In 1692, Richmond County and Essex County were formed. Richmond Co. was formed north of the Rappahannock River, while Essex Co. was formed south of the River. Old Rappahannock County was dissolved that same year.
There is reference to Roger Williams in the newly-formed Richmond Co. deeds. The deed gives some credence to the suggestion that the maiden name of Williams's wife Joan may have been Dudley (speculation).
"p. 107 (Barber to Dudley deed) Know all men by these presents that I Wm: Barber of Totuskey Creek in the County of Richmond have for a consideration in tobacco in hand have sold unto Richd. Dudley Senr. one parcell of land lying next the line of the land bought of Roger Williams and so running down the next Branch & so to Path Branch to the head and from the head to the Path & from the Path to the Line against yeilding and granting fro me my heirs or assigns to the said Dudley his heirs or assigns the land peaceably to enjoy forever & do warrant the same from all persons which shall lay any claim thereunto & do oblige myself to confirm this my act & deed in Court as Witness my hand & seal this first day of June 1695, the Land beginneth at the Corner tree next the Creek, the Path intended is the Old Path that leads over the Swamp to John Chapmans. /s/ Wm. Barber Witness: Charles Barber Recognitr: in Cur: Com: Richmond 5 die Junii 1695 et record 21st die.
(Ruth & Samuel Sparacio, RICHMOND COUNTY, VIRGINIA DEED BOOK 1695-1701 [McLean, VA: The Antient Press, 199?, p. 1)
Dear Researchers, If you use this material in your biographies (or any genealogical pursuit), please use the citations--a accepted practice of genealogists. If someone cannot replicate your research, then it is faulty research.
Name: Roger WILLIAMS Surname: Williams Given Name: Roger Sex: M Christening: 15 Dec 1625 St. Sepulchres, Newgate Par., London, England Death: 6 Jan 1677 _UID: 8706B9AF69366B4EB6B827FEC6CD9995A1D3 Note:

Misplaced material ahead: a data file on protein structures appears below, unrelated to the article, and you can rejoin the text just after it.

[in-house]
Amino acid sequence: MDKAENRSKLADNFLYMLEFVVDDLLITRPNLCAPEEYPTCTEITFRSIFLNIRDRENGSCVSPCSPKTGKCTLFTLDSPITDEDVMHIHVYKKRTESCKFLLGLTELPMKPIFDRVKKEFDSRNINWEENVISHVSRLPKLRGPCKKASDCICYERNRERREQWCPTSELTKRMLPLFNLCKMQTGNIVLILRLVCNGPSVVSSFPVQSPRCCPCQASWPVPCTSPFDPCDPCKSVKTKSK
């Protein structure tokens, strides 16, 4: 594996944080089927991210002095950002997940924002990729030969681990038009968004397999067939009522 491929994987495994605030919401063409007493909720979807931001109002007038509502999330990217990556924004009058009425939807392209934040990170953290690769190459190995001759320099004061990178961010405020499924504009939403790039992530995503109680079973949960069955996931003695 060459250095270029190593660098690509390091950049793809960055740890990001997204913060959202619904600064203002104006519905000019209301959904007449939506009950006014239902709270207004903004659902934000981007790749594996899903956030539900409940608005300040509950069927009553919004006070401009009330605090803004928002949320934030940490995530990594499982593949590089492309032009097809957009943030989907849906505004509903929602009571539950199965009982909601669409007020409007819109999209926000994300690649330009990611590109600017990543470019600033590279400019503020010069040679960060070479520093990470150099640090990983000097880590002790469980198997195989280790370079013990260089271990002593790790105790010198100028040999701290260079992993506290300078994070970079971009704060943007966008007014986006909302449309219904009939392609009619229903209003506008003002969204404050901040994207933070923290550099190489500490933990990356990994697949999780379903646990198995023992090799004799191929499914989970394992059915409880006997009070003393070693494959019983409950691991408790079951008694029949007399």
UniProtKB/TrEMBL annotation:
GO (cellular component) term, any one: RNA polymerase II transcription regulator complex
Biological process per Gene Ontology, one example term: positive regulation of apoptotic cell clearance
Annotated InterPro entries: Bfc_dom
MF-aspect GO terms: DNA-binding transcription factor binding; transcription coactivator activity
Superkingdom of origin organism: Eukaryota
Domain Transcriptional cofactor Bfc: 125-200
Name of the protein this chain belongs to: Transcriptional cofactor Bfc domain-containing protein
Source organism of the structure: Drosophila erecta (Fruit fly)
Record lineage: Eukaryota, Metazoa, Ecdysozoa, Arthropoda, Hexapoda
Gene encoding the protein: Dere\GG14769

Change Date: 21 Feb 2010 at 18:55:33
Father: Sydrach WILLIAMS b: 1600 in St. Sepulchres, Newgate Par., London, England Mother: Anne TYLER b: 1604 in St Albans,Hertford,Hertfordshire,England
Marriage 1 Joan FRITH b: ABT 1650
Roger Williams of Rappahannock County, Virginia. He first appears in Rappahannock County in 1664, when he bought 200 acres on Totosky Creek and is styled "Roger Williams planter."
On February 3, 1671/2, he, together with his wife Joan, gave a quitclaim deed to Richard Dudley. His will, dated February 26, 1674/5, was proved May 2,1677. He names his wife and his children, Roger, Sydrach and Betty, his eldest daughter. On November 2,1677 Samuel Wills of Farnham parish, Rappahannock County, On November 2,1677 Samuel Wills of Farnham parish, Rappahannock in contemplation of marriage with Joan, relict of Roger Williams, gave over certain property to Roger, son of the deceased Roger Williams, to his brother Sydrach and to his sisters, Susanna and Anne. The children were to have it when they attained the age of 16 years. There was also another sister named Rebecca. (Rappahannock County Records, 1656-64) "Pemberton of St. Albans and The Mother of Roger Williams" by G. Andrews Moriarty I:660 from "Genealogies of Rhode Island Families" Indexed by Carol Lee Ford The Genealogical Publishing Company, Inc. Baltimore, Maryland 1983 (974.5 RI/Genealogies SCGS) (Randall Library)
From Nancy Kiser: Will of Roger Williams recorded in Old Rappahannock County. "To my sons Roger Williams and Shadrack Williams I doe give 225 acres of land a piece. to wife Joane Williams I doe give the plantation with 200 acres of land. wherein she is at this present living. To eldest daughter Betty one heifer. " Witnesses: Gerrard Greenwood, Robert Sisson.
Roger Williams was a plaintiff in a suit in Northumberland Co,.VA in 1669 bequeathing to among other children. " My son, Shadrach Williams b. Feb 1, 1673 " My daughter Rebecca b. Jan 20, 1675 " My wife, Joane Frith.
Marriage: Roger married a Joane Jean Firth/Frith(Essex county Virginia Marriages 1655-1900 Book D6 Pg 35) and upon his death she married a Samuel Wills) WIKITREE
Son: Sidrach/Sidrack, Sydrach/Sydrack/Shadrack Williams Information sent to correspondant: Amelia Gilreath by Dr. James Courtney, found in London visit, "Boyd's Index" (my summary) THOMAS TILER married JUDITH CLINT Dau: Anne Tiler married 1. Francis Pinner B: 1599 D" 10 Jul 1637 10 Oct 1621 2. SHADRACK WILLIAMS B: 1594 (@@1600 PRIOR INFO) D: 1647. Barwick (in Elmett), Co. York, Eng.
Note: the data on Shadrack agrees with my prior findings. I do not believe that Shadrack ever came to Virginia. He, and his partner, William Clobery, did ship merchandise to Virginia in 1625 from London. I believe (without proof) that he sent his son: Roger to VA to carry on his business and that Roger was, probably, born in London.